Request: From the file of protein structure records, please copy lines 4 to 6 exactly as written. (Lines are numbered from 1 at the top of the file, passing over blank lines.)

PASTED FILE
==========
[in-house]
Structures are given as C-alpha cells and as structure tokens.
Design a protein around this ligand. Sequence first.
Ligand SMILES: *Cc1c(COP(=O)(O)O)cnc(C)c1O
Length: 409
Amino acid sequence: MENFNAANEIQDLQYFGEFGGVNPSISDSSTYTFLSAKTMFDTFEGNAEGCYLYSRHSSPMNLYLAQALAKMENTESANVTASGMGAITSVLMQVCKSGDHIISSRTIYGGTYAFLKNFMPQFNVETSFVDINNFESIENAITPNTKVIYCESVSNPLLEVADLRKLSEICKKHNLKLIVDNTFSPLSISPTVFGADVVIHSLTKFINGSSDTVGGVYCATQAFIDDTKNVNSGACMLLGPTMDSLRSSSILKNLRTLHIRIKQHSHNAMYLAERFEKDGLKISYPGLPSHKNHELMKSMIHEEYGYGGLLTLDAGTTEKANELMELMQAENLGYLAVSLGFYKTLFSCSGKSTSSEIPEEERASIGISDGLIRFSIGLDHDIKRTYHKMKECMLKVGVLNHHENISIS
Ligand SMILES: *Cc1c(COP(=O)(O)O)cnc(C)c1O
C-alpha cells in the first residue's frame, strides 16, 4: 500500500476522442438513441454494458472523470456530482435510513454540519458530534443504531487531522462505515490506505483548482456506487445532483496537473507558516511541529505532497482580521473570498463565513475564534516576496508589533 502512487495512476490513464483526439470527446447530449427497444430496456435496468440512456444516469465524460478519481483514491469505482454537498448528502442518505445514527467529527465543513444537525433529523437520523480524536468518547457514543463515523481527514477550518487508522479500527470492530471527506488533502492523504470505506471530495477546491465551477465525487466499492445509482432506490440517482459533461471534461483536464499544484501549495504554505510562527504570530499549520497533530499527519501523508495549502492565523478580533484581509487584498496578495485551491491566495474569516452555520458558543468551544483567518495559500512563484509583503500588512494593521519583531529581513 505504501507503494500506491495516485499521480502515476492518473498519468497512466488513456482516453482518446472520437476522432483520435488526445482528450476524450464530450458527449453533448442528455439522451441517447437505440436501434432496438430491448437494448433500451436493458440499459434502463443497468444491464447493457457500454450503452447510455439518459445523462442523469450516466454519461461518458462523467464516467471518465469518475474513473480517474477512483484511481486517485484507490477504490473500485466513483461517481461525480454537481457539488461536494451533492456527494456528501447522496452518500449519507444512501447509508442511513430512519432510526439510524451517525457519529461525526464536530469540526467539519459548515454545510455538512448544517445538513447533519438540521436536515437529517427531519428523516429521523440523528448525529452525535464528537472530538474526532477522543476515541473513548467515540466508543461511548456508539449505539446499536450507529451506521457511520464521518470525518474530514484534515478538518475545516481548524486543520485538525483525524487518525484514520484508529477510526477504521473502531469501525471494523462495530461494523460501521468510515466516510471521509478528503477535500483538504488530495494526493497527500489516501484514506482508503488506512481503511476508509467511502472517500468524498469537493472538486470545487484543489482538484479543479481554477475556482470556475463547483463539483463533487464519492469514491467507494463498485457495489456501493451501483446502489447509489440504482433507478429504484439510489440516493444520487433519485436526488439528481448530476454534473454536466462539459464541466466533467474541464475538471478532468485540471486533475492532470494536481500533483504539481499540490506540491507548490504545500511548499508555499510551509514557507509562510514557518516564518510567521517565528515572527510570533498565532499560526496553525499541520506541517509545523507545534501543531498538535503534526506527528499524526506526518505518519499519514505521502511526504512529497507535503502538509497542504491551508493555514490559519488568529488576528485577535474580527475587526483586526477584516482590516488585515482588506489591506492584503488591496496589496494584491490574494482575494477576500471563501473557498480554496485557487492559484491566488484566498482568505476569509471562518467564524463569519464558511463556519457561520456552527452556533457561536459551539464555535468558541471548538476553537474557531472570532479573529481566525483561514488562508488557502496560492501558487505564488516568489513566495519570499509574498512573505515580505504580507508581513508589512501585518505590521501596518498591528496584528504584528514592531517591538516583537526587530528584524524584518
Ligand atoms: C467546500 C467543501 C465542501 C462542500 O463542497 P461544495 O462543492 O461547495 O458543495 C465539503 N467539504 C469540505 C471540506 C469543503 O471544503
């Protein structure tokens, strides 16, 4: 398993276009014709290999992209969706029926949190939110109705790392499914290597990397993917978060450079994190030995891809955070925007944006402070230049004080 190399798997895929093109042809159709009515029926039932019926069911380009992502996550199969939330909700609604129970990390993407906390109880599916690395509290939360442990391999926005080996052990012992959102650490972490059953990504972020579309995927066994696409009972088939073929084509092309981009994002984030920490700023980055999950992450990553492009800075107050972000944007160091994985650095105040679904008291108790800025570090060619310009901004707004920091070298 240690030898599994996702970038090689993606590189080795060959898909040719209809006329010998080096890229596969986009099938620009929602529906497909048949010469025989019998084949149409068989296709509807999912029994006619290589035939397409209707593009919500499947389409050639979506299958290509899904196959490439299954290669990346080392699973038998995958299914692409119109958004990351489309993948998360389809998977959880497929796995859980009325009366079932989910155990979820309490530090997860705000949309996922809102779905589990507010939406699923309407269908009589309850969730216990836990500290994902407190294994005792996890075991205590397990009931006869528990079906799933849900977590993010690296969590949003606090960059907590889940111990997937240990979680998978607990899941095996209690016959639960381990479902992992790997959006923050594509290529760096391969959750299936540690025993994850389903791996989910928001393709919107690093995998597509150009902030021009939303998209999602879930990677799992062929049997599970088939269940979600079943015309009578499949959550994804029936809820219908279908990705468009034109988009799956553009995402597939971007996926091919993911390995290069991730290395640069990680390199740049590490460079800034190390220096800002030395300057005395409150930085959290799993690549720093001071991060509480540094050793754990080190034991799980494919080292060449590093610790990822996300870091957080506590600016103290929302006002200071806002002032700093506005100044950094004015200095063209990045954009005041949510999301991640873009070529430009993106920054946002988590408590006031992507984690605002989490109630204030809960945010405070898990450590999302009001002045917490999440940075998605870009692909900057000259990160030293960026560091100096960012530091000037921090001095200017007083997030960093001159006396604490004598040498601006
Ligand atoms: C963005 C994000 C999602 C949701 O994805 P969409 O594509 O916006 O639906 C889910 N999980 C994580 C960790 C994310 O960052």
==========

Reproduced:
Ligand SMILES: *Cc1c(COP(=O)(O)O)cnc(C)c1O
Length: 409
Amino acid sequence: MENFNAANEIQDLQYFGEFGGVNPSISDSSTYTFLSAKTMFDTFEGNAEGCYLYSRHSSPMNLYLAQALAKMENTESANVTASGMGAITSVLMQVCKSGDHIISSRTIYGGTYAFLKNFMPQFNVETSFVDINNFESIENAITPNTKVIYCESVSNPLLEVADLRKLSEICKKHNLKLIVDNTFSPLSISPTVFGADVVIHSLTKFINGSSDTVGGVYCATQAFIDDTKNVNSGACMLLGPTMDSLRSSSILKNLRTLHIRIKQHSHNAMYLAERFEKDGLKISYPGLPSHKNHELMKSMIHEEYGYGGLLTLDAGTTEKANELMELMQAENLGYLAVSLGFYKTLFSCSGKSTSSEIPEEERASIGISDGLIRFSIGLDHDIKRTYHKMKECMLKVGVLNHHENISIS